Posts Tagged 'Khan Academy'

Here we go again

This blog has been quiet for the past few months, as other activities took all my available time, among them spending the first half of the year as a Visiting Professor at Princeton University, where I used the Spring session of the MOOC in flipped classroom mode as part of a course I gave there. But with the fifth session of my MOOC Introduction to Mathematical Thinking starting in a week’s time, it’s time to bring this sleeping blog back to life. (One should not let sleeping blogs lie for too long.)

Having made changes to the course on sessions 2, 3, and 4, this time round I have made only very minor tweaks. Session 4 was, I felt, more or less what I wanted it to be. Sure, I could re-do the entire thing with better video, better sound, and slicker graphics. But I’d prefer to wait another year or two before embarking on what would be considerable expense and a fairly significant amount of work. I think the jury is still out as to whether there will continue to be significant interest in MOOCs (at least as they are at present), in particular a MOOC like mine, which goes against some of the common wisdom.

For one thing, my MOOC is very definitely a course, with regular submission deadlines, and the videos are long by MOOC standards, averaging around half an hour each.

The former (the deadlines) are designed to try to ensure that as many students as possible are working on a particular topic or assignment at the same time, thereby facilitating fruitful discussions on the course Discussion Forum or on social media. Only very unusual students are able to master mathematical thinking on their own. Everyone else needs constant interaction with others, either with an instructor familiar with the material (something not possible in a MOOC) or with other students working on the same issues.

The longer videos reflect the fact that mathematical thinking cannot be broken down into bite-sized chunks – indeed, mathematical thinking demands the very opposite of morselization. It’s not about individual steps, rather the construction and carrying out of an overall strategy. To put it bluntly, working in intensive, thirty-minute chunks is the absolute minimum required to solve almost any mathematical problem of merit, and in general it takes a fair number of such half hour sessions, if not more sustained efforts.

Of course, there is nothing to prevent someone from working their way through the course materials in their own time, or from pausing the videos whenever they want. Depending on the individual, that could prove more or less beneficial. But they would then be using my materials to create their own learning experience. The course as I designed it is intended to be experienced in a cohort group, with much of the actual learning emerging during, or as a result of, discussions with other students.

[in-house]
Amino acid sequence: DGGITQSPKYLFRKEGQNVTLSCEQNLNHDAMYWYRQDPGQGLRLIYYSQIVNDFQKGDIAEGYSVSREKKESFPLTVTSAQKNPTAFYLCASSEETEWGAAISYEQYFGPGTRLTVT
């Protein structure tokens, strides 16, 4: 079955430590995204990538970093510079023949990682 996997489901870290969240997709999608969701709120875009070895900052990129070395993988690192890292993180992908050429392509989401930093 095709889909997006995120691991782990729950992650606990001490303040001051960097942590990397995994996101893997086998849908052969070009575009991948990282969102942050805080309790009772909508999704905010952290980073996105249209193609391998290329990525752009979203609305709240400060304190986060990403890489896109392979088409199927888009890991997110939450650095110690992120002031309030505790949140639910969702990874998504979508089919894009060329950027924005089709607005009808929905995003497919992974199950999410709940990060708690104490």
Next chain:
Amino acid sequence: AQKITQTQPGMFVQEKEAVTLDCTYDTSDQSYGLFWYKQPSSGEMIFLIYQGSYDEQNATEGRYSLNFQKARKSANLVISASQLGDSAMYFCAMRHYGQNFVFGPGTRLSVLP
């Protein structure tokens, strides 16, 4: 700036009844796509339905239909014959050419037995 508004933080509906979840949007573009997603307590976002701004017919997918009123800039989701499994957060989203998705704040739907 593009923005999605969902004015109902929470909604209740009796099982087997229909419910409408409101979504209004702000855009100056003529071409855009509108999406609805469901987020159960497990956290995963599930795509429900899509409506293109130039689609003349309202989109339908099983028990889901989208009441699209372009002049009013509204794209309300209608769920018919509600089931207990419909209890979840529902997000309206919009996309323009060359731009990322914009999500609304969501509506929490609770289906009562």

Details aside, though, why am I in the MOOC business at all? I still get asked this from time to time.

I articulated my reasons for originally creating the MOOC in the early posts to this blog, starting with my first post in May 2012. Subsequent, modified sessions of the course were driven by a desire to try to “get it right”. Not in the sense of creating “the perfect course”. There is no such thing. Rather, my goal was to create a MOOC that represented what I felt was my best effort to put into MOOC format a course by me. What I wanted to create was the closest I could get in a MOOC format to taking a regular, physical class with me.

But what of now? Why am I offering this course for a fifth time? Well, with 20,000 students already enrolled, a full week before the course opens, there is  clearly still considerable demand. But that is only part of my rationale. The fact is, with the initial MOOC euphoria now (thankfully) a thing of the past – I never bought into the hype and said so at the time – I still see MOOCs as offering some benefits over traditional, classroom teaching.

One significant benefit of MOOCs over traditional classroom courses is that they offer the possibility to deliver personal, non-threatening, side-by-side, one-on-one education. The course presenter simply has to design it that way. I believe the huge early success of Khan Academy comes from that one factor. Khan’s pedagogic model is poor (though typical of a lot of classroom teaching) and in some instances his content is flat wrong, but his delivery is superb and he puts people at their ease. The guy has charisma, and it flows at you through the audio channel on your computer. What is more, for many people, what he offers is a lot better than they experienced, or are enduring, in a more traditional education setting. (Disclaimer: I know Sal slightly, and like him a lot, but we are not close friends.)

So, seeing what he had done well, I modeled, as best I could, the videos in my MOOC on Sal’s delivery, modified to work for more advanced, less-procedural mathematics.